Brazil at the 2006 FIFA World Cup

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At the 2006 FIFA World Cup, Brazil participated for the 18th time in the event. The country remained as the only national team to have participated in every installment of the FIFA World Cup.

The Brazilian team played until the quarter-finals, where they were defeated by France, finishing the tournament in the fifth place — for the third time in history (1954 and 1986 were the previous instances).

Qualifying[edit]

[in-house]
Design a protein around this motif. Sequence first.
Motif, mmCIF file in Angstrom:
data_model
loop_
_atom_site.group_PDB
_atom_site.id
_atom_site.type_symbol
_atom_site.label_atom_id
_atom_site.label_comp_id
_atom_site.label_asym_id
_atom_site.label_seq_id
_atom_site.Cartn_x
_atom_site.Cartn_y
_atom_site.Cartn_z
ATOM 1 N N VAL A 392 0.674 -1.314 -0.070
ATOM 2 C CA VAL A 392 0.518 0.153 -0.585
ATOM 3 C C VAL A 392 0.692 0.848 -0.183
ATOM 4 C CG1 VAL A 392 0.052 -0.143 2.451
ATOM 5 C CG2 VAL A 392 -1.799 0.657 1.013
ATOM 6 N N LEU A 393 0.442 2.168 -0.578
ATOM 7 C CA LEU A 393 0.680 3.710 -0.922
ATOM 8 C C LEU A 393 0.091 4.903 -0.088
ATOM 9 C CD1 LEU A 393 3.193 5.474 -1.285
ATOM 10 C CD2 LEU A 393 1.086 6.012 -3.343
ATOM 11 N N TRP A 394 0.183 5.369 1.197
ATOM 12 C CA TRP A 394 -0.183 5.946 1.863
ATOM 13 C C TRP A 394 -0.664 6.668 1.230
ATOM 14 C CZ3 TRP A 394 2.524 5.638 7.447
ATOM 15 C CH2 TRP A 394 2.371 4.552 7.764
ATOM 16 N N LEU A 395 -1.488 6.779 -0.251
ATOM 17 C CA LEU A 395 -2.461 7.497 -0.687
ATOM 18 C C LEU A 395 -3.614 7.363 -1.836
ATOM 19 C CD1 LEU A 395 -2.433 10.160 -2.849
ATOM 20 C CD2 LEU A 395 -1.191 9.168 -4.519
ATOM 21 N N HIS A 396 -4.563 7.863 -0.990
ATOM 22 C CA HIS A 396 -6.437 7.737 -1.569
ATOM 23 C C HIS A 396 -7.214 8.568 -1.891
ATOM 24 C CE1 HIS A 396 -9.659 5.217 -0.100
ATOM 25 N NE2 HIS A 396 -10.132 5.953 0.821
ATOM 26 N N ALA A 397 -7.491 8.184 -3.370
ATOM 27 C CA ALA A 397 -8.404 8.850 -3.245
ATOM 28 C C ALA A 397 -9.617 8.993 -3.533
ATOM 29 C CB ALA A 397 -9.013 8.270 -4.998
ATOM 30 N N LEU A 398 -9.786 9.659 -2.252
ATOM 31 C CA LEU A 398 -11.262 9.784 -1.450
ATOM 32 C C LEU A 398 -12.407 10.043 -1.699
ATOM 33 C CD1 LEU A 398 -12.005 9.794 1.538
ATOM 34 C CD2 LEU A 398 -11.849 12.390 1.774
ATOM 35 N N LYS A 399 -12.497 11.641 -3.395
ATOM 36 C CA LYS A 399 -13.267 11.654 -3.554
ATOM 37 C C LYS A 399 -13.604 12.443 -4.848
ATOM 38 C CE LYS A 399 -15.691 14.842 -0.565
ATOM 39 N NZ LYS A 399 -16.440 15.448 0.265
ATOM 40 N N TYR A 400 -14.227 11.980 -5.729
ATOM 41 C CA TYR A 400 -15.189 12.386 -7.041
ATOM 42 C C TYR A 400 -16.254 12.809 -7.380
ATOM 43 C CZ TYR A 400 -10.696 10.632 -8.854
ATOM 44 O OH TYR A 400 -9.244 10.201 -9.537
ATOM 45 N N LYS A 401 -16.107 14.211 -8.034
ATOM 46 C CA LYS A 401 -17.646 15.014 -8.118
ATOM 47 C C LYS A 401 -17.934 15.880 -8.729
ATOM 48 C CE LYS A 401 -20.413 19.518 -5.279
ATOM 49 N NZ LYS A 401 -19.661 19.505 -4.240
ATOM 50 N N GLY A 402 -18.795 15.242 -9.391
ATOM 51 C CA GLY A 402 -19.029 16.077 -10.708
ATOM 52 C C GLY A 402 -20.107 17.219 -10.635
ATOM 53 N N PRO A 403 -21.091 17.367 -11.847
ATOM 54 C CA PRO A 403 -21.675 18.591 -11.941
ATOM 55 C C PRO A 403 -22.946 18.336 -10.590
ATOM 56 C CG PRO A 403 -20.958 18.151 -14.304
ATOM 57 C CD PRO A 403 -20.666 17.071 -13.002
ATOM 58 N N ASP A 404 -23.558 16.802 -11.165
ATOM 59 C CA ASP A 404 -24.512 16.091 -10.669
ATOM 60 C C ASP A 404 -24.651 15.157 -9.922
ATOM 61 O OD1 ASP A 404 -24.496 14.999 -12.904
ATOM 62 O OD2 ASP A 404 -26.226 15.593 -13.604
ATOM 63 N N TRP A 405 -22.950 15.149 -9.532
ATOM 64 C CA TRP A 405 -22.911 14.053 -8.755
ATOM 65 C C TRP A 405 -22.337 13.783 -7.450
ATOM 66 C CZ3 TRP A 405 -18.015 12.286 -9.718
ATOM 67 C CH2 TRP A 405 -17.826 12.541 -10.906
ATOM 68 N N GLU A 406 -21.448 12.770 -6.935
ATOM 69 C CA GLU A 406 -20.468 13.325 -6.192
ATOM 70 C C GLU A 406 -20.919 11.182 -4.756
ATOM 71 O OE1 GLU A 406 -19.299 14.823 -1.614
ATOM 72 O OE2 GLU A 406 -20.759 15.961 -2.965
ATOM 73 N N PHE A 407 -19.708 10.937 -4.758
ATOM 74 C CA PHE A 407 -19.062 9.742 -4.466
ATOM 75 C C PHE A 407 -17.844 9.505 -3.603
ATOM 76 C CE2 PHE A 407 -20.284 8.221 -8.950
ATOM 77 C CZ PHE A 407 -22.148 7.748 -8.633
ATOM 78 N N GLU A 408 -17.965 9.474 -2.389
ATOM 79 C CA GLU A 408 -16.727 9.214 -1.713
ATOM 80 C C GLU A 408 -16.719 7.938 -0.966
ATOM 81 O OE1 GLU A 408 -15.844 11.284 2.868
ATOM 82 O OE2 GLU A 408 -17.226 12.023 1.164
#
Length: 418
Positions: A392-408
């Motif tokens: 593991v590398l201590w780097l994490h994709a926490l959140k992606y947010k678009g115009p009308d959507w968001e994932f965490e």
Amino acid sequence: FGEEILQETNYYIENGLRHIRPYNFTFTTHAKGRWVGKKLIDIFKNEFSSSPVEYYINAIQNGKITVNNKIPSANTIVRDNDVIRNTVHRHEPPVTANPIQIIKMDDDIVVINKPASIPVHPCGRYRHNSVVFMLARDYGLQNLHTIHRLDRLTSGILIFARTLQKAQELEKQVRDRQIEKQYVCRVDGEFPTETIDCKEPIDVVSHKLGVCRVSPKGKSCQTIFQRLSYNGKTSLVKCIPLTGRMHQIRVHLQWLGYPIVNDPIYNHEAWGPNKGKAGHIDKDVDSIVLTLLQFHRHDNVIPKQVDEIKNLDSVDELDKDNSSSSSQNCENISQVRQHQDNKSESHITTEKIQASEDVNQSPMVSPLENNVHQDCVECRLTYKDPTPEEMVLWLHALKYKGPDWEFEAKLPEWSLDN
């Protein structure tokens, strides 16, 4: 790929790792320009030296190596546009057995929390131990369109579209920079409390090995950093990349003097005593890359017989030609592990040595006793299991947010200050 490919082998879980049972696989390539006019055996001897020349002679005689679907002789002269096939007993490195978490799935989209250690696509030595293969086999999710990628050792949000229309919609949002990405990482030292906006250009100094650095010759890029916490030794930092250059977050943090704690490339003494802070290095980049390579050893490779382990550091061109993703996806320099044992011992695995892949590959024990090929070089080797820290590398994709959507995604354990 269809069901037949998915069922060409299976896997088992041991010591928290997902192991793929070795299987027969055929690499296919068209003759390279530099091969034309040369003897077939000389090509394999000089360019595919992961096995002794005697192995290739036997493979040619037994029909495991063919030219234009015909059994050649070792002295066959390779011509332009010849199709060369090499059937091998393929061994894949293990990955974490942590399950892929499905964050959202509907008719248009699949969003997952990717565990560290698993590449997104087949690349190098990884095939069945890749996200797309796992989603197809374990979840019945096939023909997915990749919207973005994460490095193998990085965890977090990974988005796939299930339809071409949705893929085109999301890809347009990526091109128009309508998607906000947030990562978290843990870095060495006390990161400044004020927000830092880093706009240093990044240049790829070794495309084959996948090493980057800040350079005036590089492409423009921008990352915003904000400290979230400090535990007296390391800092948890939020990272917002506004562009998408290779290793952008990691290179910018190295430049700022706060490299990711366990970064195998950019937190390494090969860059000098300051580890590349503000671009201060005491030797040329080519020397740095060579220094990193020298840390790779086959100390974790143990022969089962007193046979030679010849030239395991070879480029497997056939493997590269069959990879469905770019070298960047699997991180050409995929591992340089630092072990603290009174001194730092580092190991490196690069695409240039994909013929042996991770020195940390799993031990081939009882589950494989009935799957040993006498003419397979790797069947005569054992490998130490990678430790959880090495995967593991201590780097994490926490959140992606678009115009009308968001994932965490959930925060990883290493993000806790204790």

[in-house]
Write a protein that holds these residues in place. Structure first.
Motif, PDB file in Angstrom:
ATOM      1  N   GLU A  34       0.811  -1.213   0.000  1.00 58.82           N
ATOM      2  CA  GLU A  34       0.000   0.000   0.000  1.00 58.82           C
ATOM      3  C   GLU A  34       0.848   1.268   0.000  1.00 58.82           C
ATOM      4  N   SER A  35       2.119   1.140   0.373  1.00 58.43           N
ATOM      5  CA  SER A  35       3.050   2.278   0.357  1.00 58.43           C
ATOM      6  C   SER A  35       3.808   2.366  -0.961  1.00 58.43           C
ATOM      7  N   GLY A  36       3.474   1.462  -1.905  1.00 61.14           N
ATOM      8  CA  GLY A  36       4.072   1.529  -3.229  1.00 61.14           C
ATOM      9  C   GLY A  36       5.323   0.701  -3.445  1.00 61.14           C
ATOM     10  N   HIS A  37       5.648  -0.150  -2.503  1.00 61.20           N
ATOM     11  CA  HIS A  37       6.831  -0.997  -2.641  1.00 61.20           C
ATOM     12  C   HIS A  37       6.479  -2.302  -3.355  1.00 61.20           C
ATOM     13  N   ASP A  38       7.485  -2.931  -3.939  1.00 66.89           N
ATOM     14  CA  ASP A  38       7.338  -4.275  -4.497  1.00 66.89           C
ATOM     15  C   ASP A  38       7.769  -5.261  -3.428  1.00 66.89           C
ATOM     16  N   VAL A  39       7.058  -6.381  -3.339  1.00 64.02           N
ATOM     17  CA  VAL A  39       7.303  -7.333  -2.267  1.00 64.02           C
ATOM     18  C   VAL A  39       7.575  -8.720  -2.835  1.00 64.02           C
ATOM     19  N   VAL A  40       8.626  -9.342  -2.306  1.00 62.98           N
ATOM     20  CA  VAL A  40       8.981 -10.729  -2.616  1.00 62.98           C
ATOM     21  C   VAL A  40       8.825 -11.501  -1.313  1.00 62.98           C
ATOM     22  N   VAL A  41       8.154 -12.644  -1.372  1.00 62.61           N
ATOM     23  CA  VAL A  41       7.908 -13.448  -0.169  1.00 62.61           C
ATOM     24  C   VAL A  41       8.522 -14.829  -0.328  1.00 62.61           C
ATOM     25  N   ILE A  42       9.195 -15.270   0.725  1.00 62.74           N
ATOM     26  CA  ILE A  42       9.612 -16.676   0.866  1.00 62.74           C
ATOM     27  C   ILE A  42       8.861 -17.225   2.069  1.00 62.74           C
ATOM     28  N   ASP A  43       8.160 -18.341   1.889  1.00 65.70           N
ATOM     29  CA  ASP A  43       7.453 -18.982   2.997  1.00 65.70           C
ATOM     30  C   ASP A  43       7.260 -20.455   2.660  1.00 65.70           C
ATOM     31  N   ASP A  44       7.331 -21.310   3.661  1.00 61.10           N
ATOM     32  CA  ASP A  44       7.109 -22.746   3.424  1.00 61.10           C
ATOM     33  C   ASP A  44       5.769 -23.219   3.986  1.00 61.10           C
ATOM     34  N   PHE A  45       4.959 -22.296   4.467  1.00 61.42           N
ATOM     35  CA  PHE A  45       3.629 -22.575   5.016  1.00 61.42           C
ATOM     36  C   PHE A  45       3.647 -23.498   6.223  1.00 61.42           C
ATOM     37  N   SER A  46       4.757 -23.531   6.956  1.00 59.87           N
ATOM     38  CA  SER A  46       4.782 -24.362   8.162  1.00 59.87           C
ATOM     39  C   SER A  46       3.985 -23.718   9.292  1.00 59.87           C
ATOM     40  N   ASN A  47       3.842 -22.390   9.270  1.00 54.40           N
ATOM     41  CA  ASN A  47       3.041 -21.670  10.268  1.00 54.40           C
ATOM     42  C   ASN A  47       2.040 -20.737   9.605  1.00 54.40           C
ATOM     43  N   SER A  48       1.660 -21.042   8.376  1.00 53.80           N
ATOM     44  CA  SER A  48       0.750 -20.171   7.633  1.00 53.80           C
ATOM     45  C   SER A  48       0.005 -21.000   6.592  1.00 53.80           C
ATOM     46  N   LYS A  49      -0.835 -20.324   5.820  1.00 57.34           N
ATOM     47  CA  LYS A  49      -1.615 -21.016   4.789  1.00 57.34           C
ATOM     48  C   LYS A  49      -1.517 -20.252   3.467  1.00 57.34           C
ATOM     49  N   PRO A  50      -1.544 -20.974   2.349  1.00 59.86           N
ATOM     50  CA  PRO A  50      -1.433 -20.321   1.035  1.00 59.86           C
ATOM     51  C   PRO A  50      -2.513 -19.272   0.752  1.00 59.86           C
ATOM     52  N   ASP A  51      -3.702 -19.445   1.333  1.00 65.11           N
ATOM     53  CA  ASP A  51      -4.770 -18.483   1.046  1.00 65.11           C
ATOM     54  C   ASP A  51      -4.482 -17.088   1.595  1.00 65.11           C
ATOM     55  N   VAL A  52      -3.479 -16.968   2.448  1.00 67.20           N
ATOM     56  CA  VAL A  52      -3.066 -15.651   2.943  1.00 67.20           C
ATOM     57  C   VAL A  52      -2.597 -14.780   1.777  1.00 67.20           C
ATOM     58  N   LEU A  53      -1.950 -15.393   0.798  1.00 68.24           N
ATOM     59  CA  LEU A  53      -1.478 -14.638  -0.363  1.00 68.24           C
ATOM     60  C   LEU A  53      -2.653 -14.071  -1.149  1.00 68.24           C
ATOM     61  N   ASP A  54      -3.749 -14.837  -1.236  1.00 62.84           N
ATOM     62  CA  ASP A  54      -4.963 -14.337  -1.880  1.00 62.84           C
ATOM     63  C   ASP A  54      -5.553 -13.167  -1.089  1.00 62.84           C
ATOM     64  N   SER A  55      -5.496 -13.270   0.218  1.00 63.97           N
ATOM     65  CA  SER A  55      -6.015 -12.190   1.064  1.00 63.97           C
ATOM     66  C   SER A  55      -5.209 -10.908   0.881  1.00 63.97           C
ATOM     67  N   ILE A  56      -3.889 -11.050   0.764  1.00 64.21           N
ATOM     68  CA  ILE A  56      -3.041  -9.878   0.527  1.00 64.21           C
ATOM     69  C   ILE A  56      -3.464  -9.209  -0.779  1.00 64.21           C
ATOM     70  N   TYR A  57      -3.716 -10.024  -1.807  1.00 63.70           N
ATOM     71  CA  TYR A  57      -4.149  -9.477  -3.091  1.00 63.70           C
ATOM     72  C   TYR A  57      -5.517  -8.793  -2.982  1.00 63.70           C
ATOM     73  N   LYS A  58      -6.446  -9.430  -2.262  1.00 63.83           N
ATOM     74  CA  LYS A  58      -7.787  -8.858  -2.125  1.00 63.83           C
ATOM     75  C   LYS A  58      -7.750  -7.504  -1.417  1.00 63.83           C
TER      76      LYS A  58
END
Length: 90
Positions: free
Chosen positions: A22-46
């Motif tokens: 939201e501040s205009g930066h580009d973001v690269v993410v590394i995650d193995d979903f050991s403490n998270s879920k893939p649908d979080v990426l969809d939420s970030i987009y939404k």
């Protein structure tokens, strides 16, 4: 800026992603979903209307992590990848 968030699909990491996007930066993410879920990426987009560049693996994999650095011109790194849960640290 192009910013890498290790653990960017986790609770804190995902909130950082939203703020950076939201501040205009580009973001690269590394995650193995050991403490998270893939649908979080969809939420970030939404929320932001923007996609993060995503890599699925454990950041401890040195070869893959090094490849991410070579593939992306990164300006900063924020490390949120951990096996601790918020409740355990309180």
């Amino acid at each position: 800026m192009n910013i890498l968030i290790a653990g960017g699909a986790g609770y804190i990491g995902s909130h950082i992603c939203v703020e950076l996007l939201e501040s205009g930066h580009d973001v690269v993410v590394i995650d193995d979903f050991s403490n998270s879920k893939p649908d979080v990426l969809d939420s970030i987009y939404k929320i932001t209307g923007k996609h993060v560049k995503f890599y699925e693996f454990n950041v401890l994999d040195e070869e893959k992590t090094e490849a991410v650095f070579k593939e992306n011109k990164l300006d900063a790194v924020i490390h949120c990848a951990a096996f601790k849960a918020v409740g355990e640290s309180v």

Brazil's qualifying for the event marked the first time in history in which a returning champion (the country had won the 2002 World Cup) had to play for a berth in the next World Cup — that had a direct effect in the organization of the 2006 World Cup: since the 1990 World Cup, the competition has had an opening match, which is played immediately after the Opening Ceremonies; until the last World Cup, this match was a privilege of the winner of the previous World Cup, who would play its first match as the first match of the given World Cup, against an opponent from its group, as decided by the official draw (in the 1990 World Cup, Argentina, winner of the 1986 FIFA World Cup, played Cameroon in the opening match; in 1994, Germany, winner of the 1990 World Cup, played Bolivia; in 1998, Brazil played Scotland and in 2002 France played Senegal). As of the 2006 World Cup, because of the change in the rules, with the last champion no longer having a secured berth in the competition, the opening match has become another privilege of the host nation (in the 2006 World Cup, Germany, as the host nation, played Costa Rica in the opening match). Despite being the returning champion, the Brazilian team debuted, against Croatia, only four days after the Opening Ceremonies and the opening match.